By now you know that machine language is the pattern of bits a CPU uses to encode its instructions. Instructions are usually encoded as bitfields in order to pack a lot of information into a small number of bits.
MIPS uses a few different instruction formats in order to encode its instructions. No matter what format, all MIPS instructions are 32 bits.
The one you’ll be looking at today is the I-type format, where “I” stands for “immediate.” This is used to encode instructions with two registers and an immediate such as
Here’s how it looks:
- The bit numbers show the numbers of the first and last bits, inclusive, of each field.
- The opcode field says which instruction this is.
- The rs and rt fields encode the two registers used.
- The immediate field is the immediate value (the number in the instruction).
So for example,
addi t0, s1, 123 will be encoded as:
- opcode = 8 (the designers decided that 8 means
- rs = 17 (
s1is register 17 - look at the register view in MARS)
- rt = 8 (
t0is register 8)
- immediate = 123
First: think about it
Using the diagram above, write yourself some notes to answer these questions.
- How many bits are in each field (
- Be careful, it’s easy to mis-count. Those bit numbers are inclusive on both ends.
- What is the position of each field?
- This is the amount you’ll be shifting by to encode/decode the bitfield.
- We measure from the bottom bit.
- What is the mask for each field in hexadecimal?
- Remember, the mask is the special value that you AND with after shifting right.
- It’s based on the number of bits in the field.
- You can think about it in binary and then turn that to hex.
Now: write a program about it
Right click this link and save it. It’s the skeleton/driver code for this lab.
The goal is to have your program output the following:
0x2228007b 0x1100fff8 opcode = 8 rs = 17 rt = 8 immediate = 123 opcode = 4 rs = 8 rt = 0 immediate = -8
encode_instruction function takes four arguments in this order: opcode, rs, rt, and immediate. (Look at
main to see how it’s called.)
- encode the instruction using left-shifts (
sll) and ORs (
- print the resulting instruction using syscall 34 (prints a hex number)
- print a newline (I put that there already)
This function isn’t too long. Once you write it, you might see this:
The second instruction doesn’t quite look right. Step through and have a look at what value is in
a3. It’s -8… negative numbers have a bunch of
1 bits at the beginning. That’s not good.
The immediate should only be 16 bits. So how can you “filter out” the low 16 bits of
a3 and “turn off” the upper 16 bits? Do that in
encode_instruction before ORing everything together, and you should now get the correct output:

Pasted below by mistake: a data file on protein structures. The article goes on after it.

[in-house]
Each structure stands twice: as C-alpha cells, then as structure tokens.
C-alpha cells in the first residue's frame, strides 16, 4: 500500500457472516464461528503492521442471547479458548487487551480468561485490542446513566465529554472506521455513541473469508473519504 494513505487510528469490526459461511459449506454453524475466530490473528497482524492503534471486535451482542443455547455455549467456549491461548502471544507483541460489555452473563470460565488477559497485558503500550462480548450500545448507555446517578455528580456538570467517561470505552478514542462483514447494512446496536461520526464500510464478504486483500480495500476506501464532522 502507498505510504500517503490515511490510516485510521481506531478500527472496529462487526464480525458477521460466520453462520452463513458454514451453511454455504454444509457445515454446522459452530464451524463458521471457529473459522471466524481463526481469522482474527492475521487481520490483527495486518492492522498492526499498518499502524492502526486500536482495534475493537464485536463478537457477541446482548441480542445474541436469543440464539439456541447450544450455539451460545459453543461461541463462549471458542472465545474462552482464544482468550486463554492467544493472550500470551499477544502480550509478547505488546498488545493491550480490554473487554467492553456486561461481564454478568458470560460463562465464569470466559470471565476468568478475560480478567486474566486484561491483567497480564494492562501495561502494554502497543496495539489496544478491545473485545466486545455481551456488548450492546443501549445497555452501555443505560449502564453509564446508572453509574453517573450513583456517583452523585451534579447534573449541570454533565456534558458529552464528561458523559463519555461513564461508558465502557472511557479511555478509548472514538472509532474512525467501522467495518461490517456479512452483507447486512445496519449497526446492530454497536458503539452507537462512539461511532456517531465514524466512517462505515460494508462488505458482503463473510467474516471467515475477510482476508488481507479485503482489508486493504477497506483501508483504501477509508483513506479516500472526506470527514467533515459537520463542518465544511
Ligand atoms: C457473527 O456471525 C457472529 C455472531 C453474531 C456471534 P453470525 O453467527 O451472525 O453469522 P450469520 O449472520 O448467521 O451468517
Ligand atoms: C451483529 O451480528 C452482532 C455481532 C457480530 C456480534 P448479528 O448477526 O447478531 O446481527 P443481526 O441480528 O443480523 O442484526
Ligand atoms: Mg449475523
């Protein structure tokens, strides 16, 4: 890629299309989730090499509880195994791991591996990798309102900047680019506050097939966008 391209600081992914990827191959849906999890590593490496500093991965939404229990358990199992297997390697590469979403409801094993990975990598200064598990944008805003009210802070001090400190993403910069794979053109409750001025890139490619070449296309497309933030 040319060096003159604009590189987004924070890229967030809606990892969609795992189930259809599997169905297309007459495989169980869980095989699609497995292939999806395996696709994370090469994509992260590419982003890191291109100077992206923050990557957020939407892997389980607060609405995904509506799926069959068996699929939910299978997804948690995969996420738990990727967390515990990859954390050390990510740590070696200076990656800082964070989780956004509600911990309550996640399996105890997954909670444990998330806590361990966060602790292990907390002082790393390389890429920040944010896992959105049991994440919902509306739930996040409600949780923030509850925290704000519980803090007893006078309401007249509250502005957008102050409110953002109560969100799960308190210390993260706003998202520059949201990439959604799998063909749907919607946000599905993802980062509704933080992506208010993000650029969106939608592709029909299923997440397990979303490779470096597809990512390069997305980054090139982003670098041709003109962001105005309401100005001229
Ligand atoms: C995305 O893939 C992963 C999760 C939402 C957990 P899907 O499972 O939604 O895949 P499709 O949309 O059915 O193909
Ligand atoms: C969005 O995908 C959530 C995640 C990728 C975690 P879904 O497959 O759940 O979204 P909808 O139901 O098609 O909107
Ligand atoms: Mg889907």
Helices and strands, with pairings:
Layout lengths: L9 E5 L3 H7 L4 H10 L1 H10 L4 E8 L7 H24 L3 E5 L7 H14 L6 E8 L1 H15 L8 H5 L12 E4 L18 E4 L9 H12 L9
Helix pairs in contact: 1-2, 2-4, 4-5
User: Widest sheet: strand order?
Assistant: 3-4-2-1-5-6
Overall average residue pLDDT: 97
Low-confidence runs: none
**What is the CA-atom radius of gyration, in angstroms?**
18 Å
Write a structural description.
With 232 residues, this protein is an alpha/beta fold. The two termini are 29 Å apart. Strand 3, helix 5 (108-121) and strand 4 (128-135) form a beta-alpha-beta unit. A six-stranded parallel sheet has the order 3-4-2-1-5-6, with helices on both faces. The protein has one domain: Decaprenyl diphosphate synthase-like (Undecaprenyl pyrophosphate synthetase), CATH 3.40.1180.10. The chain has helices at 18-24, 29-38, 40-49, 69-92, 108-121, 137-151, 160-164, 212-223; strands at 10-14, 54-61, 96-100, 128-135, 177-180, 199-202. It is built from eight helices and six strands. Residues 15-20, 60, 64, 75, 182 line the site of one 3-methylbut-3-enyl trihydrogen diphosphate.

Decoding isn’t much more complicated, but you’ll be printing 4 values so the code will be longer.
decode_instruction takes 1 argument: the encoded instruction to be decoded.
It should do the following:
- extract the value of the opcode and print it with syscall 1
- extract the value of rs and print it with syscall 1
- extract the value of rt and print it with syscall 1
- extract the value of the immediate and print it with syscall 1
Pretty straightforward, but there are a few things to note.
You have to reuse
a0, so, uh, hm.
The syscalls expect their arguments in
a0, but this function takes an argument in
- Which register should you
movethe argument into to keep it safe?
- What do you have to do with that register to follow the calling convention?
- Once you copy the argument into that register, don’t change that register’s value. You’ll need it multiple times.
The second instruction doesn’t decode properly…
You might get this:
opcode = 4 rs = 8 rt = 0 immediate = 65528
The immediate should be -8. What’s going on here?
It’s because it’s a negative number, but it needs to be sign-extended from 16 bits to 32 bits. Right now, it’s
0x0000FFF8; it needs to be
We can do this with a funny trick (assuming that the value to be sign-extended is in
t0 to begin with):
sll t0, t0, 16 sra t0, t0, 16 # shift right *arithmetic*
sra is a new kind of shift, an arithmetic right shift. It’s kinda like sign-extension: instead of shifting 0s into the left side, it smears the top bit into the new places. Just like sign extension!
If you do this after
ANDing the immediate value, you should now get -8 in the output!
Make sure your file is named
Drag your asm file into your browser to upload. If you can see your file, you uploaded it correctly!
You can also re-upload if you made a mistake and need to fix it.